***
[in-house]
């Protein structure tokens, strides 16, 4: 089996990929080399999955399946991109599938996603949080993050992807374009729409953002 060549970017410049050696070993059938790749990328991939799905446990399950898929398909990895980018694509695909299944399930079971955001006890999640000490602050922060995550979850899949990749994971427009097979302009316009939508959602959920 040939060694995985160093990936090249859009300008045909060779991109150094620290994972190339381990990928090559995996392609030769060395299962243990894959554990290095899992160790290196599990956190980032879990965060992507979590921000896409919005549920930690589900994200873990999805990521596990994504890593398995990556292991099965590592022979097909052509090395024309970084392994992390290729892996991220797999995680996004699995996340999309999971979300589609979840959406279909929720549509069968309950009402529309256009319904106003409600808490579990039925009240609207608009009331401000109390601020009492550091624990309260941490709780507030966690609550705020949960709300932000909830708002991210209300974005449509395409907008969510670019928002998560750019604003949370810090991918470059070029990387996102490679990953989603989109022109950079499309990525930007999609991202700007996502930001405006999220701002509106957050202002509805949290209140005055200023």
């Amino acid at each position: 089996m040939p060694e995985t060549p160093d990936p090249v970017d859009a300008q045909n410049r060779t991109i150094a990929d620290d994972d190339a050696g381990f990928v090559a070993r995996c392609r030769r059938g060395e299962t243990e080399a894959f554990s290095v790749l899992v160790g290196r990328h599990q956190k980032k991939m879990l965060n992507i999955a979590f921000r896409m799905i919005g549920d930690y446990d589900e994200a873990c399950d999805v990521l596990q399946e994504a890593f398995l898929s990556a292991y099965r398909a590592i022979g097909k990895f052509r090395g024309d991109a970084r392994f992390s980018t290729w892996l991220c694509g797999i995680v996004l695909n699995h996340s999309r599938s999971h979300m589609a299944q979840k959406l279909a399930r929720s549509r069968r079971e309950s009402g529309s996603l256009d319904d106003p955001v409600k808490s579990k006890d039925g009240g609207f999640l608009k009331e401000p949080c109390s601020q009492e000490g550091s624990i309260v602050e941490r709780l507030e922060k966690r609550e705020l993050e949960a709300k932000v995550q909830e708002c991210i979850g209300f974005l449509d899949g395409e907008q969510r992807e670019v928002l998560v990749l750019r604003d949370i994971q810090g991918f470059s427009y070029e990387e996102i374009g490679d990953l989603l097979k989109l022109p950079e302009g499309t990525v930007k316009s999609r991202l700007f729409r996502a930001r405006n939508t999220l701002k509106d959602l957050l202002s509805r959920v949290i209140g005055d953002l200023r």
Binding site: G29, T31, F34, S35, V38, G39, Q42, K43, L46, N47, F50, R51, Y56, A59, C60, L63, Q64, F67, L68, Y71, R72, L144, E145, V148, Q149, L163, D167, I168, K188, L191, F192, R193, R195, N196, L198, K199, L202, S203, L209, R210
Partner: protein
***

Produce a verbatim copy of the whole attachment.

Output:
[in-house]
């Protein structure tokens, strides 16, 4: 089996990929080399999955399946991109599938996603949080993050992807374009729409953002 060549970017410049050696070993059938790749990328991939799905446990399950898929398909990895980018694509695909299944399930079971955001006890999640000490602050922060995550979850899949990749994971427009097979302009316009939508959602959920 040939060694995985160093990936090249859009300008045909060779991109150094620290994972190339381990990928090559995996392609030769060395299962243990894959554990290095899992160790290196599990956190980032879990965060992507979590921000896409919005549920930690589900994200873990999805990521596990994504890593398995990556292991099965590592022979097909052509090395024309970084392994992390290729892996991220797999995680996004699995996340999309999971979300589609979840959406279909929720549509069968309950009402529309256009319904106003409600808490579990039925009240609207608009009331401000109390601020009492550091624990309260941490709780507030966690609550705020949960709300932000909830708002991210209300974005449509395409907008969510670019928002998560750019604003949370810090991918470059070029990387996102490679990953989603989109022109950079499309990525930007999609991202700007996502930001405006999220701002509106957050202002509805949290209140005055200023």
């Amino acid at each position: 089996m040939p060694e995985t060549p160093d990936p090249v970017d859009a300008q045909n410049r060779t991109i150094a990929d620290d994972d190339a050696g381990f990928v090559a070993r995996c392609r030769r059938g060395e299962t243990e080399a894959f554990s290095v790749l899992v160790g290196r990328h599990q956190k980032k991939m879990l965060n992507i999955a979590f921000r896409m799905i919005g549920d930690y446990d589900e994200a873990c399950d999805v990521l596990q399946e994504a890593f398995l898929s990556a292991y099965r398909a590592i022979g097909k990895f052509r090395g024309d991109a970084r392994f992390s980018t290729w892996l991220c694509g797999i995680v996004l695909n699995h996340s999309r599938s999971h979300m589609a299944q979840k959406l279909a399930r929720s549509r069968r079971e309950s009402g529309s996603l256009d319904d106003p955001v409600k808490s579990k006890d039925g009240g609207f999640l608009k009331e401000p949080c109390s601020q009492e000490g550091s624990i309260v602050e941490r709780l507030e922060k966690r609550e705020l993050e949960a709300k932000v995550q909830e708002c991210i979850g209300f974005l449509d899949g395409e907008q969510r992807e670019v928002l998560v990749l750019r604003d949370i994971q810090g991918f470059s427009y070029e990387e996102i374009g490679d990953l989603l097979k989109l022109p950079e302009g499309t990525v930007k316009s999609r991202l700007f729409r996502a930001r405006n939508t999220l701002k509106d959602l957050l202002s509805r959920v949290i209140g005055d953002l200023r």
Binding site: G29, T31, F34, S35, V38, G39, Q42, K43, L46, N47, F50, R51, Y56, A59, C60, L63, Q64, F67, L68, Y71, R72, L144, E145, V148, Q149, L163, D167, I168, K188, L191, F192, R193, R195, N196, L198, K199, L202, S203, L209, R210
Partner: protein